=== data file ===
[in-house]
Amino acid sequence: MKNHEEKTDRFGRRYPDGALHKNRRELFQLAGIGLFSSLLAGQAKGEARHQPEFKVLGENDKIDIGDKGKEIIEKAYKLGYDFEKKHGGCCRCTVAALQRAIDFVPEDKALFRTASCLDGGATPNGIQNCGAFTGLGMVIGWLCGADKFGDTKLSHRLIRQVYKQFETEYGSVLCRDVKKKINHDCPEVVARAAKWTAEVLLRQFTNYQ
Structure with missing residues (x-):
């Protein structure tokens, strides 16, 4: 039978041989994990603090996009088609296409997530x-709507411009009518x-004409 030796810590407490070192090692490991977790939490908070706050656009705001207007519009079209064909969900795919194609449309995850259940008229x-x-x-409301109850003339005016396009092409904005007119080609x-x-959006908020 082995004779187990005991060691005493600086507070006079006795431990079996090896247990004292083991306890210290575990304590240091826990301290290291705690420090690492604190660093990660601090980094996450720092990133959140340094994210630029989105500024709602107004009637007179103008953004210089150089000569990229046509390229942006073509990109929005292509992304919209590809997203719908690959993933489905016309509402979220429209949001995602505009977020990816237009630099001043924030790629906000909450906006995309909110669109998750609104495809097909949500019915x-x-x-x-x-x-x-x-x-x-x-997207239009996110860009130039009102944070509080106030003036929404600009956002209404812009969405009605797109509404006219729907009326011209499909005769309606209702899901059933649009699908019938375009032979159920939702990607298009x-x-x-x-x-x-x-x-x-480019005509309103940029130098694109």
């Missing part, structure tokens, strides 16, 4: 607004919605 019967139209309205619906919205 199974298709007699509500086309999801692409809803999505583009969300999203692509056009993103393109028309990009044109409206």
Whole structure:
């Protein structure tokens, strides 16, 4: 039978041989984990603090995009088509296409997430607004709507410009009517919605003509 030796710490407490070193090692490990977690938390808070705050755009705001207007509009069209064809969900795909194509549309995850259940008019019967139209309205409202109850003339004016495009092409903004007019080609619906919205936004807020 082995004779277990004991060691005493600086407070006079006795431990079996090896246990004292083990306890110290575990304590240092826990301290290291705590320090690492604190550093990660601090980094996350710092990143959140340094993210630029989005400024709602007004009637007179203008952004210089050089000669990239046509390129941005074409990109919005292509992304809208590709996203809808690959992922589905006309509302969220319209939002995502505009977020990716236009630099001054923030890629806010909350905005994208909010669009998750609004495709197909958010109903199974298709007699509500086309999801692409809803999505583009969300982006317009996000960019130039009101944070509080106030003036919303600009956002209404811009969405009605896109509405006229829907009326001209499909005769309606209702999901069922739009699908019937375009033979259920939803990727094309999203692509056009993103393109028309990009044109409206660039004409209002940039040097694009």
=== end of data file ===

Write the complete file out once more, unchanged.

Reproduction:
[in-house]
Amino acid sequence: MKNHEEKTDRFGRRYPDGALHKNRRELFQLAGIGLFSSLLAGQAKGEARHQPEFKVLGENDKIDIGDKGKEIIEKAYKLGYDFEKKHGGCCRCTVAALQRAIDFVPEDKALFRTASCLDGGATPNGIQNCGAFTGLGMVIGWLCGADKFGDTKLSHRLIRQVYKQFETEYGSVLCRDVKKKINHDCPEVVARAAKWTAEVLLRQFTNYQ
Structure with missing residues (x-):
């Protein structure tokens, strides 16, 4: 039978041989994990603090996009088609296409997530x-709507411009009518x-004409 030796810590407490070192090692490991977790939490908070706050656009705001207007519009079209064909969900795919194609449309995850259940008229x-x-x-409301109850003339005016396009092409904005007119080609x-x-959006908020 082995004779187990005991060691005493600086507070006079006795431990079996090896247990004292083991306890210290575990304590240091826990301290290291705690420090690492604190660093990660601090980094996450720092990133959140340094994210630029989105500024709602107004009637007179103008953004210089150089000569990229046509390229942006073509990109929005292509992304919209590809997203719908690959993933489905016309509402979220429209949001995602505009977020990816237009630099001043924030790629906000909450906006995309909110669109998750609104495809097909949500019915x-x-x-x-x-x-x-x-x-x-x-997207239009996110860009130039009102944070509080106030003036929404600009956002209404812009969405009605797109509404006219729907009326011209499909005769309606209702899901059933649009699908019938375009032979159920939702990607298009x-x-x-x-x-x-x-x-x-480019005509309103940029130098694109």
């Missing part, structure tokens, strides 16, 4: 607004919605 019967139209309205619906919205 199974298709007699509500086309999801692409809803999505583009969300999203692509056009993103393109028309990009044109409206």
Whole structure:
């Protein structure tokens, strides 16, 4: 039978041989984990603090995009088509296409997430607004709507410009009517919605003509 030796710490407490070193090692490990977690938390808070705050755009705001207007509009069209064809969900795909194509549309995850259940008019019967139209309205409202109850003339004016495009092409903004007019080609619906919205936004807020 082995004779277990004991060691005493600086407070006079006795431990079996090896246990004292083990306890110290575990304590240092826990301290290291705590320090690492604190550093990660601090980094996350710092990143959140340094993210630029989005400024709602007004009637007179203008952004210089050089000669990239046509390129941005074409990109919005292509992304809208590709996203809808690959992922589905006309509302969220319209939002995502505009977020990716236009630099001054923030890629806010909350905005994208909010669009998750609004495709197909958010109903199974298709007699509500086309999801692409809803999505583009969300982006317009996000960019130039009101944070509080106030003036919303600009956002209404811009969405009605896109509405006229829907009326001209499909005769309606209702999901069922739009699908019937375009033979259920939803990727094309999203692509056009993103393109028309990009044109409206660039004409209002940039040097694009």